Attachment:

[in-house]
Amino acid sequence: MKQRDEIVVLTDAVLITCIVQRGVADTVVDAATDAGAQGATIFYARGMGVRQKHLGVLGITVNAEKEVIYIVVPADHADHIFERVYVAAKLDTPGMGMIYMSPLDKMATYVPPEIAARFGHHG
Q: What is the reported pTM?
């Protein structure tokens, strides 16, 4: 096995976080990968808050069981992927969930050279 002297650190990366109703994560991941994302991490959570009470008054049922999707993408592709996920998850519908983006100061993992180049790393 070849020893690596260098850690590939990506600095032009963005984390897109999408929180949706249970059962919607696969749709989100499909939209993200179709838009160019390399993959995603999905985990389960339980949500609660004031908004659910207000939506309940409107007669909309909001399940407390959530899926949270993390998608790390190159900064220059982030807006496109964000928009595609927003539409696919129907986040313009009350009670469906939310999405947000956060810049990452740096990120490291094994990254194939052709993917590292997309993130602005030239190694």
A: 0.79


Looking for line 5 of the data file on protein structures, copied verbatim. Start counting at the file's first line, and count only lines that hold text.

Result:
A: 0.79